A year after the death of the founder of the Detroit foundation, the city and the country were left reeling as the public struggled to get answers to questions about the causes of the devastating flooding that devastated the city in April 2017.
The Detroit Foundation has been at the centre of the crisis, and the first time the foundation has been called to account, the response was less than inspiring.
In March 2017, the foundation said it had found water damage in four of its offices.
The response, however, was slow and was hampered by the fact that the buildings were in poor condition.
It was unclear why the foundation did not get to the buildings immediately.
The lack of communication was particularly troubling when, just two months after the disaster, the Detroit City Council voted to remove the foundation from all city contracts and to allow the foundation to continue operating without any funding.
A year on, a series of investigations have shed light on the foundation’s actions, its financials and the impact of the disaster on its work.
Among the issues the Detroit community and the city have struggled with is the fact the foundation never went to court to seek compensation from the city, but instead, decided to move its operations to the state, according to one former employee.
The Detroit City Attorney’s Office has also investigated the foundation.
In April 2017, after months of negotiations, the Foundation agreed to pay $1.7 million in the city’s coffers to cover the cost of repairing the buildings.
“The foundation did what the city did to the other cities’ problems,” the former employee said.
“We did the same thing to the foundation and got the money.”
But the foundation also made a series on how it paid its bills, and found it was not in good shape financially.
According to a document obtained by the Guardian, the fund had $3.7m in debt at the end of April 2017 but still had $5.4m in reserves.
A year later, the money has grown to $6.5m, according the document, but the debt is still $1m.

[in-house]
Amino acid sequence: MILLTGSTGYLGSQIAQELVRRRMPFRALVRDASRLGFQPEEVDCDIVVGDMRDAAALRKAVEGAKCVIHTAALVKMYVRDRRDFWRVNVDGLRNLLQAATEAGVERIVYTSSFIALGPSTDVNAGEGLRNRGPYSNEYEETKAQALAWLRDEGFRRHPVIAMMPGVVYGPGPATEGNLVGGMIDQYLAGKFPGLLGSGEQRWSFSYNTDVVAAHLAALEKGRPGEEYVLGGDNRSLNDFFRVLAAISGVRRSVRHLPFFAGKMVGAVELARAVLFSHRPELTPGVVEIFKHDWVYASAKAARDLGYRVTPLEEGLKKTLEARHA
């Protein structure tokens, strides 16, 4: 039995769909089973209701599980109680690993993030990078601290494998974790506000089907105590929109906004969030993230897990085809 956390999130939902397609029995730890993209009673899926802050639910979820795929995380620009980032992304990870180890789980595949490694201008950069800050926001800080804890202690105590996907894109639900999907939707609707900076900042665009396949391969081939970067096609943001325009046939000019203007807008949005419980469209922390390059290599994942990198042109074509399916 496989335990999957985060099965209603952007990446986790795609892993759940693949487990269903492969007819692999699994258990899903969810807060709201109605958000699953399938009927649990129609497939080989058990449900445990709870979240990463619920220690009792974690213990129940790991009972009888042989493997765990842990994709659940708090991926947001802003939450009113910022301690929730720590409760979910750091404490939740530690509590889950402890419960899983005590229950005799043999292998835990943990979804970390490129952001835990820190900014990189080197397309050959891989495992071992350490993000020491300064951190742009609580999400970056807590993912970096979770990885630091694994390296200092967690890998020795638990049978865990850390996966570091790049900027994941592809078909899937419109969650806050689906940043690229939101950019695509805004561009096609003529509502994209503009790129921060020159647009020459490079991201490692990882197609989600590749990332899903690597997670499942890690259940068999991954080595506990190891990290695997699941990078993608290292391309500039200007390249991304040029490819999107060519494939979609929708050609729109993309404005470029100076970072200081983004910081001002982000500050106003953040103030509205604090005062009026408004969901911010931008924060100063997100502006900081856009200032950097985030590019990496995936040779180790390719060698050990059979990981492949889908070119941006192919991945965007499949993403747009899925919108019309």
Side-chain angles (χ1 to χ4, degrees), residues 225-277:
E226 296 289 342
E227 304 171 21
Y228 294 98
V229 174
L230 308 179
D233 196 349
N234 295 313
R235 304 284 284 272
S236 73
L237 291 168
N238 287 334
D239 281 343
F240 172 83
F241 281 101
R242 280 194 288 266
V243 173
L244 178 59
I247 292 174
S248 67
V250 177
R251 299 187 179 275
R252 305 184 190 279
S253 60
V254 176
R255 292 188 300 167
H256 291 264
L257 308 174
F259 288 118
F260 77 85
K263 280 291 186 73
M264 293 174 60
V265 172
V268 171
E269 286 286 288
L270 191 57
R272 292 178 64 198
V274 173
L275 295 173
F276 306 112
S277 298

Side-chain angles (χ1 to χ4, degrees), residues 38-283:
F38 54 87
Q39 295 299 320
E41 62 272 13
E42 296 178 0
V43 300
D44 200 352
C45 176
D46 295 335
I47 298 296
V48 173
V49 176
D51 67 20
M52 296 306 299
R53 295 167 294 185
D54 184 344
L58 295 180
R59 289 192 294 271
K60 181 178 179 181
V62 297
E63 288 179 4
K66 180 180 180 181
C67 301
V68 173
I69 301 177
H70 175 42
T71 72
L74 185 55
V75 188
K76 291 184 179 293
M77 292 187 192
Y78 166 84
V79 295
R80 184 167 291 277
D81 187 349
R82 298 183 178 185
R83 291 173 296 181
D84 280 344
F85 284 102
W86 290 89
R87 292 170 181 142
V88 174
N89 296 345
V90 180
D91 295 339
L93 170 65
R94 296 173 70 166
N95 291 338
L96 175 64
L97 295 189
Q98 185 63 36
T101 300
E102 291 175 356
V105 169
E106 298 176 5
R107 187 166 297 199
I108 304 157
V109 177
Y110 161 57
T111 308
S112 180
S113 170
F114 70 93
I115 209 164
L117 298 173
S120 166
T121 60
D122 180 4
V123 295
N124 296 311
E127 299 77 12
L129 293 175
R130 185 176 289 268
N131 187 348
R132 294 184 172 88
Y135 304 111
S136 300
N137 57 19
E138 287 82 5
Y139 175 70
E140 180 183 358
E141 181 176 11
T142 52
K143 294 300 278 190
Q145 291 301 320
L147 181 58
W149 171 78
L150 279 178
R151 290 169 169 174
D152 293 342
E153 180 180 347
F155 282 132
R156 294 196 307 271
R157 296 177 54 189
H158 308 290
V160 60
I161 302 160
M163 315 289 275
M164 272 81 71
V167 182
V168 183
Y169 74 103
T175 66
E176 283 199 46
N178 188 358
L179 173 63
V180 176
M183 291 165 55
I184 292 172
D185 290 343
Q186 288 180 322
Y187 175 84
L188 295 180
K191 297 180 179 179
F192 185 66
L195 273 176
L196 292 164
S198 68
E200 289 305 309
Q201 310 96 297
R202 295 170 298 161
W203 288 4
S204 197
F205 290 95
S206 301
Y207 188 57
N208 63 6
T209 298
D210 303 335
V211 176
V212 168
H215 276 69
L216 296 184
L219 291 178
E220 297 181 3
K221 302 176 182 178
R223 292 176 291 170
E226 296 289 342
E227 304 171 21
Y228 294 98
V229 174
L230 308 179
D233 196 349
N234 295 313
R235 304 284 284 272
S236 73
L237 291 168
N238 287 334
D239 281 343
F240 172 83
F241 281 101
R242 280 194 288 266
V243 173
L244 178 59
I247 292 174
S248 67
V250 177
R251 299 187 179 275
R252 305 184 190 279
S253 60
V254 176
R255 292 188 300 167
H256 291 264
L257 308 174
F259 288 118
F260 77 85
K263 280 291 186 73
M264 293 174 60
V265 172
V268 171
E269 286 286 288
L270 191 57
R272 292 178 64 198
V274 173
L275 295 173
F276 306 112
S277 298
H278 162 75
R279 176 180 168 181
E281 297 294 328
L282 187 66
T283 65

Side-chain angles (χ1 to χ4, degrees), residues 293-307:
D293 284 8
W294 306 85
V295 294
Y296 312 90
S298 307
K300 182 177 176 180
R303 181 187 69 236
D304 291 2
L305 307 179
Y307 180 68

Despite its problems, the organization is still open and continuing to help people.
“We are very proud of the work that we’ve done,” the foundation told the Detroit Free Press.
“[We] have done it with a sense of humour and a sense that we can take our work forward.”
The city’s response to the flood was excellent, but we did not go to court.
“The former employee told the newspaper that the foundation was in a state of denial and had not made a plan to help rebuild the buildings in the meantime.
One person close to the group told the Free Press that the group had no intention of moving into the state.
The foundation is now the subject of an investigation by the city of Detroit into whether the city had an obligation to provide financial assistance for the disaster.
In an interview with the Detroit News, the former staffer said that while the foundation had no legal obligation to help, the decision to move to the city was not made lightly.”
When we moved out of the city it was a matter of choice,” the employee said of the decision not to move.
However, she added that the decision was made in part because of the financial problems the foundation faced.
‘There’s nothing we can do’The foundation has also come under fire for its treatment of a woman who has been struggling to rebuild her life after a devastating heart attack.
In August 2018, the Free Times newspaper reported that a woman named Ann Marie, who has cerebral palsy and has been using the foundation as a refuge from the financial crisis, had been in dire financial straits and had been living in a hotel room with no food, water or electricity for several weeks.
The story was widely reported on in the media, and Ms Marie was eventually asked to leave the foundation, after which she was forced to pay rent.
Ann Marie, pictured with her daughter and her partner, says she is unable to pay the rent, let alone make a proper living.
Ann Marie told the New York Times that the charity had been the “only person” she could turn to for financial help.
It was during that time, that the city also began to investigate the foundation after discovering that Ann Marie had not filed a tax return.
According to the New Times, the investigation led to a request from the foundation for a “preliminary audit”.
The Free Times reported that the audit, which was conducted by the state of Michigan, found that Ann Maria had not paid income tax for at least five years.
In addition, the audit found that the fund was not required to provide any documentation to prove it had been collecting revenue from the state for years.
The Free Press said that it was unclear whether the audit would lead to any financial sanctions.
In response, the state’s Attorney General, JoEllen Darcy, said the state was considering all legal options to